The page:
Edward R. Stettinius, Jr. (1900-1949), was an American industrialist and public servant and a secretary of state in President Franklin Roosevelt's Cabinet.
Edward Stettinius, Jr., was born in Chicago, Ill., on Oct. 2, 1900. His father was a partner of financier J. P. Morgan. He received his education at the Pomfret School and the University of Virginia. In 1924 he joined the General Motors Company as a stock clerk at 44 cents an hour. His rise in business was rapid; in 1931 he became General Motors vice president in charge of public and industrial relations. In 1934 he became chairman of the finance committee of the U.S. Steel Corporation, and in 1938 he became chairman of the board.
Stettinius's political views were liberal, and he served in Franklin Roosevelt's administration, first on the Industrial Advisory Board of the National Recovery Administration (1933), then as chairman of the War Resources Board (1939), and finally as administrator of the Lend-Lease Program (1941). He was beyond question a brilliant administrator and in addition a warm human being.
In October 1943 Stettinius succeeded Cordell Hull as secretary of state. In this capacity he undertook a reorganization of the department, sought to bring it into closer relations with other parts of the government, improved the relations of the department with the public at large, and labored vigorously in the creation of the United Nations.
Stettinius cannot be regarded, however, as one of America's great secretaries of state. This was partly a result of President Roosevelt's methods, for Roosevelt's conduct of foreign policy was highly personal. But Stettinius played a useful and competent role in organizing the Dumbarton Oaks Conferences, with representatives of the other Great Powers, which paved the way for the UN conference at San Francisco.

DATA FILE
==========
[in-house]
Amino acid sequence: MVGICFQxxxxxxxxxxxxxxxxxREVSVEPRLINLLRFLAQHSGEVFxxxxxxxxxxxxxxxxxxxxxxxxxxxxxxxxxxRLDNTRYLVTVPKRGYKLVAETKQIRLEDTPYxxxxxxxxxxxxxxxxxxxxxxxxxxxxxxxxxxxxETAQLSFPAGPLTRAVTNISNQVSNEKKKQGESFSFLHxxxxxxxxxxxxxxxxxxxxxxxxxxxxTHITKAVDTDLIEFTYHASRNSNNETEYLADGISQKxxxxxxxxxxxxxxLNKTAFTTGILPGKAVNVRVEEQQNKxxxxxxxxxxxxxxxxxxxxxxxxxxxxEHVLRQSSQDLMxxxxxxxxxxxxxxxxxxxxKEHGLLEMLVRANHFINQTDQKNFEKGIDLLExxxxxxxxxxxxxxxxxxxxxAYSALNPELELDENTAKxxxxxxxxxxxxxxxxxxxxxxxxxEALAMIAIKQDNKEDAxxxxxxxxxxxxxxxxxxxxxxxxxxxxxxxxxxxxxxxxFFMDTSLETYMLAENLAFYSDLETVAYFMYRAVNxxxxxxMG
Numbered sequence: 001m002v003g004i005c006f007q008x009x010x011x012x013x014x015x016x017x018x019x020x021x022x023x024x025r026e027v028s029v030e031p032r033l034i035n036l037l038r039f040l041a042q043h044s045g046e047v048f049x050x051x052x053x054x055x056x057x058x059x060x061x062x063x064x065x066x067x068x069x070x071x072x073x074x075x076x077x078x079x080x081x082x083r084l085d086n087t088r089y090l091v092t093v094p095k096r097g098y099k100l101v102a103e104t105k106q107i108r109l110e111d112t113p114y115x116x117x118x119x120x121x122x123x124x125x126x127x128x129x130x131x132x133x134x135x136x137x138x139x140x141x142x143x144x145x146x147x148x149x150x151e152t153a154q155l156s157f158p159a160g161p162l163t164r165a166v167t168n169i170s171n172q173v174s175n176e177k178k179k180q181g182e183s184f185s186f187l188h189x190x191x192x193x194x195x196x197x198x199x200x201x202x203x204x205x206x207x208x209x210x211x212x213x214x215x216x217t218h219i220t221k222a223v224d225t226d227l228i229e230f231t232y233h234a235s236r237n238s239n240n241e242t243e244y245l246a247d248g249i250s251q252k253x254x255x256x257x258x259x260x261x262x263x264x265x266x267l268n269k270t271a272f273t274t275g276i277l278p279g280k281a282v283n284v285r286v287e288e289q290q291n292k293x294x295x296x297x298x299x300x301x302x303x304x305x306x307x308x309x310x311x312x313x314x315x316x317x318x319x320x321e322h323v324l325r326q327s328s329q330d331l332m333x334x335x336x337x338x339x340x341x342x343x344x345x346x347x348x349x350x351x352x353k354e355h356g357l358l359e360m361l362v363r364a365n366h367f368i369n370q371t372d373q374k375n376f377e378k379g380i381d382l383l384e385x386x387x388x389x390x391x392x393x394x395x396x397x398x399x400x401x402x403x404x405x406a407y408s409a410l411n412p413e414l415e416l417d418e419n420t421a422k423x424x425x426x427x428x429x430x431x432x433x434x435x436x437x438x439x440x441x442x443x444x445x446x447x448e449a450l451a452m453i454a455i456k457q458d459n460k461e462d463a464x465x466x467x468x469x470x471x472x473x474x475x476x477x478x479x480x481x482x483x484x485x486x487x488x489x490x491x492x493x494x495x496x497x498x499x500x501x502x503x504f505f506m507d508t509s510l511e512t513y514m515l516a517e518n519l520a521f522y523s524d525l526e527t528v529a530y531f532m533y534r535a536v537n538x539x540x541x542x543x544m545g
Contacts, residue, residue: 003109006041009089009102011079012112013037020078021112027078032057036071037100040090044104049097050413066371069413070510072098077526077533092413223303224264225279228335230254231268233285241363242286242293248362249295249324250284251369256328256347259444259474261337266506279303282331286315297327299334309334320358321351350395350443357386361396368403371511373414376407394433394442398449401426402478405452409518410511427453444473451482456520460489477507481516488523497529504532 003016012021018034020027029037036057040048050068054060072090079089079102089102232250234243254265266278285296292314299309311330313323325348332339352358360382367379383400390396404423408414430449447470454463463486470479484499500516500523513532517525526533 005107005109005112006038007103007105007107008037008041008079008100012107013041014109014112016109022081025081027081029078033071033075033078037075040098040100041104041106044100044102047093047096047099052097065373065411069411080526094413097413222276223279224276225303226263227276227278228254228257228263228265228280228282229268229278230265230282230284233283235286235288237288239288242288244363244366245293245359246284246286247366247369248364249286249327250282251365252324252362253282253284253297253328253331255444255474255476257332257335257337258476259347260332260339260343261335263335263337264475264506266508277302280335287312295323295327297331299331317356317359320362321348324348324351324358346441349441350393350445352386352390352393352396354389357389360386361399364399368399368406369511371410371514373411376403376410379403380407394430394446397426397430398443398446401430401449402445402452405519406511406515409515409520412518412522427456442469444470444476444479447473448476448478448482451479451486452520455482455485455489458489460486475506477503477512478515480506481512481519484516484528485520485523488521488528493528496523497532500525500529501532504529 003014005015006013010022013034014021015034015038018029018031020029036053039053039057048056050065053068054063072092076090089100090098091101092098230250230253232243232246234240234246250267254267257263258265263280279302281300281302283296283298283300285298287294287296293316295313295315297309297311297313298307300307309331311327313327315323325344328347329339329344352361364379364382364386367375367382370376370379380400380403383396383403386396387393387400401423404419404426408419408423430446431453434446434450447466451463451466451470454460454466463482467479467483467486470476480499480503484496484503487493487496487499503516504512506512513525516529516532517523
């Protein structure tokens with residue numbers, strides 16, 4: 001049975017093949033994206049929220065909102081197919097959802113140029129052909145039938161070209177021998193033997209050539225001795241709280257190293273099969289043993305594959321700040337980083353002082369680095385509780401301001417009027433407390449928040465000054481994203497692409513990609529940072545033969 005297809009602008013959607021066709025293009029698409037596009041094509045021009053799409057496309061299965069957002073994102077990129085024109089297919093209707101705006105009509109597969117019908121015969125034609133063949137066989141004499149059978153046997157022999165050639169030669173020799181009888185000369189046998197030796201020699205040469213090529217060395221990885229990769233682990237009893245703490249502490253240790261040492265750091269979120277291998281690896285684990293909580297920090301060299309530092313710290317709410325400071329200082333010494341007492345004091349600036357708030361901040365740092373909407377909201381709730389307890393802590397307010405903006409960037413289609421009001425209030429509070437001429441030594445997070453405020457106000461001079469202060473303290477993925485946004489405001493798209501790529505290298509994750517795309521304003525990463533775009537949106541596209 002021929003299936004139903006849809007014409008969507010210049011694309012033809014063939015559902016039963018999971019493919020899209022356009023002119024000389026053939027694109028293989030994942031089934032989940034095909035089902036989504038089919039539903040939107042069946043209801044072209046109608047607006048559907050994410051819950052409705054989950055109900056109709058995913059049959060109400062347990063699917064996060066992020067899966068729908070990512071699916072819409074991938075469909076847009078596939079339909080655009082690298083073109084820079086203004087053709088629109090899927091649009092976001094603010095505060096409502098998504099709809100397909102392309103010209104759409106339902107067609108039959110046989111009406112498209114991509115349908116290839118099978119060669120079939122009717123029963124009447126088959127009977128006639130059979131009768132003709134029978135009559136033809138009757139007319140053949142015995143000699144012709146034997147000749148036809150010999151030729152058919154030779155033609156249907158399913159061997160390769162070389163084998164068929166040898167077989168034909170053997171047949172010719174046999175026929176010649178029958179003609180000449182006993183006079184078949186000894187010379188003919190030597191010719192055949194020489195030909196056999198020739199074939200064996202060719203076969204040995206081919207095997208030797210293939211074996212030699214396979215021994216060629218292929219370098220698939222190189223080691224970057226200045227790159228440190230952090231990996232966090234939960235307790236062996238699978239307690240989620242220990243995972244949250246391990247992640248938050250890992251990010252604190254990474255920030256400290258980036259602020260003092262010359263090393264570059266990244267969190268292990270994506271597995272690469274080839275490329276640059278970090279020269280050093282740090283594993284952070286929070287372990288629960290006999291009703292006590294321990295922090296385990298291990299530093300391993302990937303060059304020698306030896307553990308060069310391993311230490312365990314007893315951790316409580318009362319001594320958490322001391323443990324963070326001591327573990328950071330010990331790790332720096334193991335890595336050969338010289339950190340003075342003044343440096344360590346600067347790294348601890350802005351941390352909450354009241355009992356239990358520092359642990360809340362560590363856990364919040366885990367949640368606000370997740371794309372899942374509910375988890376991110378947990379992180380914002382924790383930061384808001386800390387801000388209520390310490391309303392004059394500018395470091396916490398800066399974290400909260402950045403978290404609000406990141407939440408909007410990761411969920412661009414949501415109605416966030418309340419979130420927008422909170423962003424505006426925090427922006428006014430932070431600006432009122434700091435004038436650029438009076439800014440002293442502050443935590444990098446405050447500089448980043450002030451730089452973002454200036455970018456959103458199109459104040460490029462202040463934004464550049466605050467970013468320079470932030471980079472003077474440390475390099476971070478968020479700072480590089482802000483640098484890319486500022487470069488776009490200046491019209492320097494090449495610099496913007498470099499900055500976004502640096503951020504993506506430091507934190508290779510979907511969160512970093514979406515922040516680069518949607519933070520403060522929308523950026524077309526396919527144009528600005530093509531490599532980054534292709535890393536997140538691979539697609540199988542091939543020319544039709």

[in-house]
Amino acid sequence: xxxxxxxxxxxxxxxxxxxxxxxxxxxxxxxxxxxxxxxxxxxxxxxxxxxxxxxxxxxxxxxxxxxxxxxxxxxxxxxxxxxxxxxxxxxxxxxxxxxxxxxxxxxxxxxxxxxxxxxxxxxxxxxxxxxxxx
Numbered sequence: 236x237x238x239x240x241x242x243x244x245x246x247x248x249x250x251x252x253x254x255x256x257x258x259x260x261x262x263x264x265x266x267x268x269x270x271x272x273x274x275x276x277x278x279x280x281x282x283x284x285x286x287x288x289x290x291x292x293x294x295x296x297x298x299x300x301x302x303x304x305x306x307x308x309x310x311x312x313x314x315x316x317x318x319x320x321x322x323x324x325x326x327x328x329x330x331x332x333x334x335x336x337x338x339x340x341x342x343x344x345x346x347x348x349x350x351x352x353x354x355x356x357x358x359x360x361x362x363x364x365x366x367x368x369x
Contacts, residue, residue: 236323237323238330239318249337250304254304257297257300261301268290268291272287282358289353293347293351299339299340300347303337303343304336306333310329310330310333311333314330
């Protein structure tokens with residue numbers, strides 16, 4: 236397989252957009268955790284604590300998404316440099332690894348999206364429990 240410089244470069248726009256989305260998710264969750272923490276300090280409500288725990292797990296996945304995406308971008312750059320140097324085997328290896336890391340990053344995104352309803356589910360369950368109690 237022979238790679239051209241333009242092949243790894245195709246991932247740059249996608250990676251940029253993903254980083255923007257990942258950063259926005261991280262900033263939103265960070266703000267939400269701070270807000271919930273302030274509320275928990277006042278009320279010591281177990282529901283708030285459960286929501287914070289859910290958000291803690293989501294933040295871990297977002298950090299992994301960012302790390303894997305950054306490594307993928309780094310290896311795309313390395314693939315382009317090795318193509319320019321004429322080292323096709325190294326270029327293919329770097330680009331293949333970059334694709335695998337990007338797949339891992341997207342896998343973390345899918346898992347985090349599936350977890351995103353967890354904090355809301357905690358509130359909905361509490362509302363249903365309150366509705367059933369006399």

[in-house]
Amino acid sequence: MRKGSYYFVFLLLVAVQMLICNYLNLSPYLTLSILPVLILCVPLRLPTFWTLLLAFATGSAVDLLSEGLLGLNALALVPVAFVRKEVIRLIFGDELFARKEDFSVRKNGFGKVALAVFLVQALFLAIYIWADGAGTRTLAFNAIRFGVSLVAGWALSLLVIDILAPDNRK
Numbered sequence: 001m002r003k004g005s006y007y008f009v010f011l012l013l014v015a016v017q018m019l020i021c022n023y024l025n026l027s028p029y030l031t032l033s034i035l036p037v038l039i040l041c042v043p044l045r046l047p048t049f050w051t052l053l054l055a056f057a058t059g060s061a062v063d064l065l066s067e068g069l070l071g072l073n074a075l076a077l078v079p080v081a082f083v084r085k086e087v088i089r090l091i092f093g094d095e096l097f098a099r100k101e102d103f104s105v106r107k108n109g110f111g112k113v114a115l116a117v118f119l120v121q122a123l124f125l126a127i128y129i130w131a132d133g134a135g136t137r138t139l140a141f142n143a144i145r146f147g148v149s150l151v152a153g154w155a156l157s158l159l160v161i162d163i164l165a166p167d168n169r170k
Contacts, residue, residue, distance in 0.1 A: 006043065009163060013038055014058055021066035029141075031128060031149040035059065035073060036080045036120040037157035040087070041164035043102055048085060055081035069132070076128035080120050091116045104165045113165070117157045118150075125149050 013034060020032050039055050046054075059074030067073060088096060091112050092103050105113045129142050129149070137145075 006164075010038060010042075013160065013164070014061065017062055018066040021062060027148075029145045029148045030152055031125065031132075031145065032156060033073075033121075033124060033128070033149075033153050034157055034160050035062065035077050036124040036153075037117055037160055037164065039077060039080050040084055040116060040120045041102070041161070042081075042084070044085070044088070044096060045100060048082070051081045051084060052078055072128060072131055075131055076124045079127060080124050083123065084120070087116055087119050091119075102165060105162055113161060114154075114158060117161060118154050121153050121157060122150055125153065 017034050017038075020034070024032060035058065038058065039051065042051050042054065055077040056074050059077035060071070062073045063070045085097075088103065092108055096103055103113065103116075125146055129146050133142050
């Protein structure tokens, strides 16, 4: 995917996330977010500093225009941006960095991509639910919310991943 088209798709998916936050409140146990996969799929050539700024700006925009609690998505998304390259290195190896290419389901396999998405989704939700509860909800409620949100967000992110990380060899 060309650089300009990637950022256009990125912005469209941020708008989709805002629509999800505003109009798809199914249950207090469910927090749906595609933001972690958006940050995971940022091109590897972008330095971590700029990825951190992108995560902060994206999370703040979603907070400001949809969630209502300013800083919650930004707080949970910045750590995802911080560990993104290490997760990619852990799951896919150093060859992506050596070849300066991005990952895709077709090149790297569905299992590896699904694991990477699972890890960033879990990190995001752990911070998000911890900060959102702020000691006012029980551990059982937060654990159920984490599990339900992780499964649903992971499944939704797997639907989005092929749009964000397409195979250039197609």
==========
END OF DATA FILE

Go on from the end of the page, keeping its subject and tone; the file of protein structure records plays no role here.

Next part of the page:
In the winter of 1945 Stettinius accompanied President Roosevelt to the Yalta Conference in the Crimea, at which the Big Three, Roosevelt, Winston Churchill of England, and Joseph Stalin of the U.S.S.R., attempted to plot the future course of international affairs. Stettinius appears to have acquiesced in the most vulnerable agreement made at the conference, by which the Soviet Union was promised numerous concessions in the Far East. This agreement was kept secret and has been sharply criticized; but it must be remembered that at this time the entry of Russia into the war in the East was regarded as indispensable for victory over Japan.
Stettinius led the American delegation to the UN conference at San Francisco. His organization of American opinion for the support of the conference was impressive, and his dignity and good humor were generally praised. Soon after the death of Roosevelt, Stettinius's career as secretary came to an end. For a time he served as rector of the University of Virginia. He died of a heart attack in February 1949.
Stettinius wrote two books, Lend-Lease: Weapon for Victory (1944) and Roosevelt and the Russians: The Yalta Conference (1949). Several chapters on him by Richard L. Walker are in Samuel Flagg Bemis, ed., The American Secretaries of State and Their Diplomacy, vol. 14 (1965).